Two, these chips are filling in volume at the lower end, especially in B2B where nothing is overclocked. You want me to sing the praises of a feature that we haven't had time to test for a product that's going to fill a market that won't use that feature, even though some in a different market might? If/when we get around to a pt2, I'll focus more on the enthusiast perspective. If you've read most of our CPU reviews over the past two years, most of the emphasis usually goes on out-of-the-box performance anyway.

    Third, on the very first page, in black and white, it states 'The big upswing for AMD here is going to be overclocking, and potentially push the Ryzen 3 CPUs through to compete with the next one up the stack depending on stock performance.'
    Reply
  • vanilla_gorilla - Thursday, July 27, 2017 - link

    Ian, first off, great review as always and thank you. Second, you should just write up a large FAQ/disclaimer for your reviews that you can just link in the article and in comment replies. The same questions and complaints come up over and over, you've got to be tired of addressing them. Reply
  • DrKlahn - Thursday, July 27, 2017 - link

    As I said, I understand it is for a later review. I also understand that a lot of these chips will never be overclocked. I don't want you to sing the praises of anything. I want a caveat in the conclusion that this potential exists and it impacts the value proposition. History has shown us (think the initial Radeon 290 reviews) that the first impression sticks with the reader regardless of how a product fares in the future. I have zero issues with your conclusion as an out of the box evaluation and appreciate your efforts. However your conclusion should have a caveat attached to it to call attention to everything the chip offers. Reply
  • mikato - Thursday, July 27, 2017 - link

    I think that's fair. Here's another vote. Reply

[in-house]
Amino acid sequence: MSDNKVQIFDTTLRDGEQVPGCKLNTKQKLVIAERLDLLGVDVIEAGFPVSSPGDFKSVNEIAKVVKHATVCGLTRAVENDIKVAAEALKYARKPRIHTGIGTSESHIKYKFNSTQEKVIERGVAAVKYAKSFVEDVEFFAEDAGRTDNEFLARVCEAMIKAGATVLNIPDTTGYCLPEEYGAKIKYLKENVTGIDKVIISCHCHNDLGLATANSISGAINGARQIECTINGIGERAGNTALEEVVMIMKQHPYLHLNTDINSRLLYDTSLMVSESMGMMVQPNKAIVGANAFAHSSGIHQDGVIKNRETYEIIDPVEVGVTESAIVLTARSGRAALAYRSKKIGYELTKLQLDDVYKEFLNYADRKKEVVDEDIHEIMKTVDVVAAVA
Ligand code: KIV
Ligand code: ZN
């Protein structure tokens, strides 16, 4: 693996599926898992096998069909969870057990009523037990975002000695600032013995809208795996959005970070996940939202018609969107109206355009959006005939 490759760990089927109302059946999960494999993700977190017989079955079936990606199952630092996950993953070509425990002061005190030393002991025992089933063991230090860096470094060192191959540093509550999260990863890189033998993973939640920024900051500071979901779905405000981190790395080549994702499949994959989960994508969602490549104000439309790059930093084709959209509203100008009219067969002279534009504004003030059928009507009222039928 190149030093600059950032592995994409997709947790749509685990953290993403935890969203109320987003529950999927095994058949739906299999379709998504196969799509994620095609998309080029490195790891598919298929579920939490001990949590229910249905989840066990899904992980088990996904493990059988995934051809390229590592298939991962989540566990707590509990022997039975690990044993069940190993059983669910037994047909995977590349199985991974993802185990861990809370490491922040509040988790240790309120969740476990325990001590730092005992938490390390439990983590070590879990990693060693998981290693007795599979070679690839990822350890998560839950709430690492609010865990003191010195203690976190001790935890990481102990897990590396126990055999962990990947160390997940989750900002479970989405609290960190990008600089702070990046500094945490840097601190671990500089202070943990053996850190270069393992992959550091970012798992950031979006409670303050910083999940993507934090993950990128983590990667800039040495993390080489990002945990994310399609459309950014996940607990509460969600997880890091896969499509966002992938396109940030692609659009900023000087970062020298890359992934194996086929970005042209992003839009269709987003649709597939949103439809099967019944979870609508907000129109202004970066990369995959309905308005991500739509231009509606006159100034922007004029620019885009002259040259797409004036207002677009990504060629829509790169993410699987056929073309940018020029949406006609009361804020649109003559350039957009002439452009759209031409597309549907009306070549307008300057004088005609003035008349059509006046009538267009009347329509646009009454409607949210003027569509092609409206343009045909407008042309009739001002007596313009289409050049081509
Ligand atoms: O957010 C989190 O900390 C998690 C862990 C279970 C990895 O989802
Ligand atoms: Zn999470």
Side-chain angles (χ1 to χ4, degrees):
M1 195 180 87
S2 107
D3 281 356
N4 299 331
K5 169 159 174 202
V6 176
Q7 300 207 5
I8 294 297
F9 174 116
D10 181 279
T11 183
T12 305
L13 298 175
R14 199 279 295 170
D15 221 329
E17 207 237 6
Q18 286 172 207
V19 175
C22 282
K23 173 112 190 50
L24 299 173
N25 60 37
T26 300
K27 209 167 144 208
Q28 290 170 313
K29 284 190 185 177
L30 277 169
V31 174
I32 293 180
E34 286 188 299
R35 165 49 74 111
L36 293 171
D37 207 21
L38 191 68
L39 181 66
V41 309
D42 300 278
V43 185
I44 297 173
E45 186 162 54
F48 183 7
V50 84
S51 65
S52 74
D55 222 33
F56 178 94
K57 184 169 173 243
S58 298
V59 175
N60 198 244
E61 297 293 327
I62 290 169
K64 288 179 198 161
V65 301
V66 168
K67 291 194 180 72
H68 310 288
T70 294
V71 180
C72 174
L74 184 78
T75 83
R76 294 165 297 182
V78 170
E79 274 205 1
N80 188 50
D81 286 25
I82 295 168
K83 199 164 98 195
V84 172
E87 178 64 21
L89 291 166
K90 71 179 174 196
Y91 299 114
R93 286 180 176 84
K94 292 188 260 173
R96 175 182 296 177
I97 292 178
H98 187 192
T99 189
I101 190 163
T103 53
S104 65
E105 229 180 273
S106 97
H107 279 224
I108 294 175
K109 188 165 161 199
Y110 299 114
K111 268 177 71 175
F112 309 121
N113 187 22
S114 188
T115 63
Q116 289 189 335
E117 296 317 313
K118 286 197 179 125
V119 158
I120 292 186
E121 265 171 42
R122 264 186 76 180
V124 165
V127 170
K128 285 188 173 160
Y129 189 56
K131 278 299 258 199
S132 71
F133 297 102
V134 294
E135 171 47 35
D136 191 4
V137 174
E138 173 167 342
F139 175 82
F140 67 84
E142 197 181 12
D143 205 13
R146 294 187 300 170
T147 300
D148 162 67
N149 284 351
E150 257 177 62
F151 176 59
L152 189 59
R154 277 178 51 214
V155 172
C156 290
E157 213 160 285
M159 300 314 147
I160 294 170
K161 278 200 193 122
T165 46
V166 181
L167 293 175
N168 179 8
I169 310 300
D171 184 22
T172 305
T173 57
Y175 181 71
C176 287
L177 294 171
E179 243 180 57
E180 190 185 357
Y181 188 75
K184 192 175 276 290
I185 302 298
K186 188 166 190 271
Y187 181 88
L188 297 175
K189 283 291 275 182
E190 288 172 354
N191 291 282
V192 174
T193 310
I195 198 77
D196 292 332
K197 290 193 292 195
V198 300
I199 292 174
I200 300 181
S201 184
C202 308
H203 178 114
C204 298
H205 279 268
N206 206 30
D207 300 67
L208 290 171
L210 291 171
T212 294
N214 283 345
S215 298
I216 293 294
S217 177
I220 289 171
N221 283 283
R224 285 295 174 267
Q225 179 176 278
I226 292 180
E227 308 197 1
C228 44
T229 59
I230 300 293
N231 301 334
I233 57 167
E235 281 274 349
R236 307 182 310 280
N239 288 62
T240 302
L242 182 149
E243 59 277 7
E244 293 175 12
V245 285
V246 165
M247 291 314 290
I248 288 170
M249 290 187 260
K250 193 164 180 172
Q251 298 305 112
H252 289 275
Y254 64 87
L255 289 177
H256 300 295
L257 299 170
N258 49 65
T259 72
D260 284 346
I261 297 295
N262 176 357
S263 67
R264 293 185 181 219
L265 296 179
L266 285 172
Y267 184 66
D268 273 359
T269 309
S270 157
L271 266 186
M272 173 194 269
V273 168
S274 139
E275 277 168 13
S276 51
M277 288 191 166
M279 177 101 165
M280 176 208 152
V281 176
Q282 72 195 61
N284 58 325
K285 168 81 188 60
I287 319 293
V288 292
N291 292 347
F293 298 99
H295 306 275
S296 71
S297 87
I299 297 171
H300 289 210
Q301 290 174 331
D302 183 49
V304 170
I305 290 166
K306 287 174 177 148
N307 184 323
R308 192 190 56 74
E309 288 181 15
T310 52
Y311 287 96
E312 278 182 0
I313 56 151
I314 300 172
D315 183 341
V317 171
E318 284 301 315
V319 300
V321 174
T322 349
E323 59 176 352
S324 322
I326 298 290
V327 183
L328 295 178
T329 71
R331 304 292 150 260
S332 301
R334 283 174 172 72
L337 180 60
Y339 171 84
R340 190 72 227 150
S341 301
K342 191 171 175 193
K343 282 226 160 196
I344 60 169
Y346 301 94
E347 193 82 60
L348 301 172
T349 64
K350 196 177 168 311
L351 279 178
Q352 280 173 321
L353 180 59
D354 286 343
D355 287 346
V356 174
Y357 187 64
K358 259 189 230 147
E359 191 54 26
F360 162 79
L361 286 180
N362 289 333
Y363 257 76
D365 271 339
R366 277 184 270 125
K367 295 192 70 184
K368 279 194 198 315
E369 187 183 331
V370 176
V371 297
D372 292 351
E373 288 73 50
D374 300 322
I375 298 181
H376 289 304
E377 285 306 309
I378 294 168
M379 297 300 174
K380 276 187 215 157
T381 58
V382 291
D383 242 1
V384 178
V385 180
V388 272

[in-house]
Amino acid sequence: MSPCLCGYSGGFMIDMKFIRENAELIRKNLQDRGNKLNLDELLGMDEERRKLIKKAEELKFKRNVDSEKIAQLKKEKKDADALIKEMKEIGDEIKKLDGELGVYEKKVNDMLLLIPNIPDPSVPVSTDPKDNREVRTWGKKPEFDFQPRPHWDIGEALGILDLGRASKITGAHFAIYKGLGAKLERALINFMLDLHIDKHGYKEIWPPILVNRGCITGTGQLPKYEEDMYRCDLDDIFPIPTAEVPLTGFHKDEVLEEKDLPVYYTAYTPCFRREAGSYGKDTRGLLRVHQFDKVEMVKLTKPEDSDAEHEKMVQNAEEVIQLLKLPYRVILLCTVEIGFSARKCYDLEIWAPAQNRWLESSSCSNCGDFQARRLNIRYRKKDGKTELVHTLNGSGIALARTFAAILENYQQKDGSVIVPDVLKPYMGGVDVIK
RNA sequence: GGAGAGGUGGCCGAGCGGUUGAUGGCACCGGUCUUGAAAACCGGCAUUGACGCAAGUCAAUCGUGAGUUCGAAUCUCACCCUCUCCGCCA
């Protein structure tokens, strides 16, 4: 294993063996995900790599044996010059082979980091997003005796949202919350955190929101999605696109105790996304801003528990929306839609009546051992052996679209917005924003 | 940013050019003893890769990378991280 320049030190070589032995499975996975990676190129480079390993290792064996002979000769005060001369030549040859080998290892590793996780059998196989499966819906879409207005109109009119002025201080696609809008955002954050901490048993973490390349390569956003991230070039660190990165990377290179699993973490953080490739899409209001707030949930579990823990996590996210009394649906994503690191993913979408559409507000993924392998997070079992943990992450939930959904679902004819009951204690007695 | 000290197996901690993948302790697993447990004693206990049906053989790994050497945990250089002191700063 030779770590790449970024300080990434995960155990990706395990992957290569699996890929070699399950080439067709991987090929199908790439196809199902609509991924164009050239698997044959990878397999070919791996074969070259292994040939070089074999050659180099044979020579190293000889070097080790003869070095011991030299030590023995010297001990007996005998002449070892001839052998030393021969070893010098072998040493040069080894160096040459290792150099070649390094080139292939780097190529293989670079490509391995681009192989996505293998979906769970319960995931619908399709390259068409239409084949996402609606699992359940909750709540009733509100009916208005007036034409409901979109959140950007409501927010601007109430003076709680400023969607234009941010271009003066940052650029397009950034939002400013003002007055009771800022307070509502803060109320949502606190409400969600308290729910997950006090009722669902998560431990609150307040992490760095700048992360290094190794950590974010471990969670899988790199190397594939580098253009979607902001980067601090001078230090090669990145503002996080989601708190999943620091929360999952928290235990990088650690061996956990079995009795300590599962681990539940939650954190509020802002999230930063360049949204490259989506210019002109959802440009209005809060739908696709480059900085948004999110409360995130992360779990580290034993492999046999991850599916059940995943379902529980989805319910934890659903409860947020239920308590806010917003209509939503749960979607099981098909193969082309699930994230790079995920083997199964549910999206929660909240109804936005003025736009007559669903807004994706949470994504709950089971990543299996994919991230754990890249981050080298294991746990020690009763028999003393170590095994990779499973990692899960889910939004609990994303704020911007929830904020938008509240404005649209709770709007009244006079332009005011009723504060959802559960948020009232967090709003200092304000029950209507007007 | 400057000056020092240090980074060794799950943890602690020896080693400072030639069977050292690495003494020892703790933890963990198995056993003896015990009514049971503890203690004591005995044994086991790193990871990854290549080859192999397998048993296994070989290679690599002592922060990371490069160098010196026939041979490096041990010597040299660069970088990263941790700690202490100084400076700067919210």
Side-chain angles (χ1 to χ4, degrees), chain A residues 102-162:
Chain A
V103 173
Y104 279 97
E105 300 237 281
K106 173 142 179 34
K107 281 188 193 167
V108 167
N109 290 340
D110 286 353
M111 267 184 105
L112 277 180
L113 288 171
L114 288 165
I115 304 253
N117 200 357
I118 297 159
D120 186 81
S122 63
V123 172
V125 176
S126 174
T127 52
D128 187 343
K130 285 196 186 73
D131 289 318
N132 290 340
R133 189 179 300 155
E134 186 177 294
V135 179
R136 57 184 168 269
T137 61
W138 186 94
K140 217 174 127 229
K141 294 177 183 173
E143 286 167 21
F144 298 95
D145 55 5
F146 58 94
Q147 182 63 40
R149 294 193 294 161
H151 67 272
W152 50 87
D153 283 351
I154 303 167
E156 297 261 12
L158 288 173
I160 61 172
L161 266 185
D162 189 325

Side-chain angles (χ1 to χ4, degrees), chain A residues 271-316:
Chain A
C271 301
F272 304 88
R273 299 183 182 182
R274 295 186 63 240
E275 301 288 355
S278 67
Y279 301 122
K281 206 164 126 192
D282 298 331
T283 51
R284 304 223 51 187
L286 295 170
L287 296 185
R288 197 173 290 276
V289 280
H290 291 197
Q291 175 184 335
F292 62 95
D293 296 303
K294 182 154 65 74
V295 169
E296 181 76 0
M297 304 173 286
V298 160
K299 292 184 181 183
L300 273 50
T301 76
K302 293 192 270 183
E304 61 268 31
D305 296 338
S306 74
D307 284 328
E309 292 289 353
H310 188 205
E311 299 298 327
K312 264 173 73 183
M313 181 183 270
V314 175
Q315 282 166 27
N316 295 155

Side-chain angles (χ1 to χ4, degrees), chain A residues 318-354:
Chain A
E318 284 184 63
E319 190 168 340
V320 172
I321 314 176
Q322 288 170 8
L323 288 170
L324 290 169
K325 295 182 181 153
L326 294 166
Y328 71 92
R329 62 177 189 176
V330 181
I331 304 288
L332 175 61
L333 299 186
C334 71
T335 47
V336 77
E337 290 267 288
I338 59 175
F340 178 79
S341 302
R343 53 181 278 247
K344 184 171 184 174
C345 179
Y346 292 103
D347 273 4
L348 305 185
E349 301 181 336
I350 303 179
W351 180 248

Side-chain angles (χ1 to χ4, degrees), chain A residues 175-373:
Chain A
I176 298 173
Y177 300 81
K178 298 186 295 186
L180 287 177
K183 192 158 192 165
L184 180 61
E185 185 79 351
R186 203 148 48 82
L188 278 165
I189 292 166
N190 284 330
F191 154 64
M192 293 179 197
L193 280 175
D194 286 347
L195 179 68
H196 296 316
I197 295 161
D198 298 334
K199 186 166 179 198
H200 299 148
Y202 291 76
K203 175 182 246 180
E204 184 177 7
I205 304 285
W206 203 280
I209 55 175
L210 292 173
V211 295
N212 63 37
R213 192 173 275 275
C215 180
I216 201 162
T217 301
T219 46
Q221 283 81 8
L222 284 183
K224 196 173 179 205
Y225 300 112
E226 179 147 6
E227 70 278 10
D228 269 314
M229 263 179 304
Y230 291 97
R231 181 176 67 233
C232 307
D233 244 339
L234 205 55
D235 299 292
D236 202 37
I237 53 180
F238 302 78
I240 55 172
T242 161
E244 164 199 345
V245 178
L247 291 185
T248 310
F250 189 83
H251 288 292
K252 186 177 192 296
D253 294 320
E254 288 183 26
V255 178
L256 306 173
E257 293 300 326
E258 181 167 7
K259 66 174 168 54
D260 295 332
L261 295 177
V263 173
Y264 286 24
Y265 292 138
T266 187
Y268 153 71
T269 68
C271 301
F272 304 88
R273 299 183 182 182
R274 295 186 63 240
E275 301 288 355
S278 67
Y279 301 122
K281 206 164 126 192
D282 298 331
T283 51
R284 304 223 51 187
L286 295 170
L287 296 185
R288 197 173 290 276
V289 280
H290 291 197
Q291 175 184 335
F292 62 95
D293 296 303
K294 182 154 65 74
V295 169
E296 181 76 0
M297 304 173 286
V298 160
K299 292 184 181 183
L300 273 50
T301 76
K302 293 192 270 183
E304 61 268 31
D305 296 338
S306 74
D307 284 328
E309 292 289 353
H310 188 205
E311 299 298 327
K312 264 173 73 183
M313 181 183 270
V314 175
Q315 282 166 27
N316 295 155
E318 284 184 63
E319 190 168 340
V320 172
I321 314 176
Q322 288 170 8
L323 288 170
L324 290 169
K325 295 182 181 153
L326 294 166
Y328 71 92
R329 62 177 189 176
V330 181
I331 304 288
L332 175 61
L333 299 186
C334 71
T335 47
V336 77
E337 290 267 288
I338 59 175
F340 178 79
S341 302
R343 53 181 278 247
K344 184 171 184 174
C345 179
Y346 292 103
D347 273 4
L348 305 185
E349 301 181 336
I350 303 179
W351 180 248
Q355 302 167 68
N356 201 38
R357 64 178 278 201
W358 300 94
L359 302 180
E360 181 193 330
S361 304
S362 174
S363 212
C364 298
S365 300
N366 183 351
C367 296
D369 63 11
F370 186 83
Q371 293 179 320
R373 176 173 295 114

• Gothmoth - Thursday, July 27, 2017 - link

    just saw your reply.... and i count on that. :-) Reply
  • Gothmoth - Thursday, July 27, 2017 - link

    i hope anandtech will test the overcloked ryzen against the locked intels.
    but then... is amd paying enough fot advertising on anandtech..... :)
    Reply
  • willis936 - Thursday, July 27, 2017 - link

    There is an R7 review and now an R3 review but nothing on the most interesting segment: R5. I've seen multiple other sites say that the R5 segment is where AMD is the clear winner for all workloads. Go up or down $50 and Intel makes more sense for gaming. Reply
  • MrCommunistGen - Thursday, July 27, 2017 - link

    http://www.anandtech.com/show/11244/the-amd-ryzen-... Reply
  • willis936 - Thursday, July 27, 2017 - link

    I wonder why that doesn't show up when using anandtech's search feature.

    http://www.anandtech.com/SearchResults?q=R5
    Reply
  • MrCommunistGen - Thursday, July 27, 2017 - link

    This article doesn't show up when you search R3, and the 1800X article doesn't show up if you search R7.

    AMD isn't actually using R3, R5, and R7 as part of their branding for Ryzen, though I guess at least some are using that shorthand. The R3/5/7 are being used for GPU branding for some generations of discrete cards and APUs.

    If you look at the top of the article underneath the author's name, you'll see what tags the article has (and thus search terms) that you could use to find it in the future. Looks like "Ryzen" or "Ryzen 3" "Ryzen 5" and "Ryzen 7" are good terms.

    On the other hand, I found the link I posted above by going to Google and typing:
    anandtech 1600x review
    Reply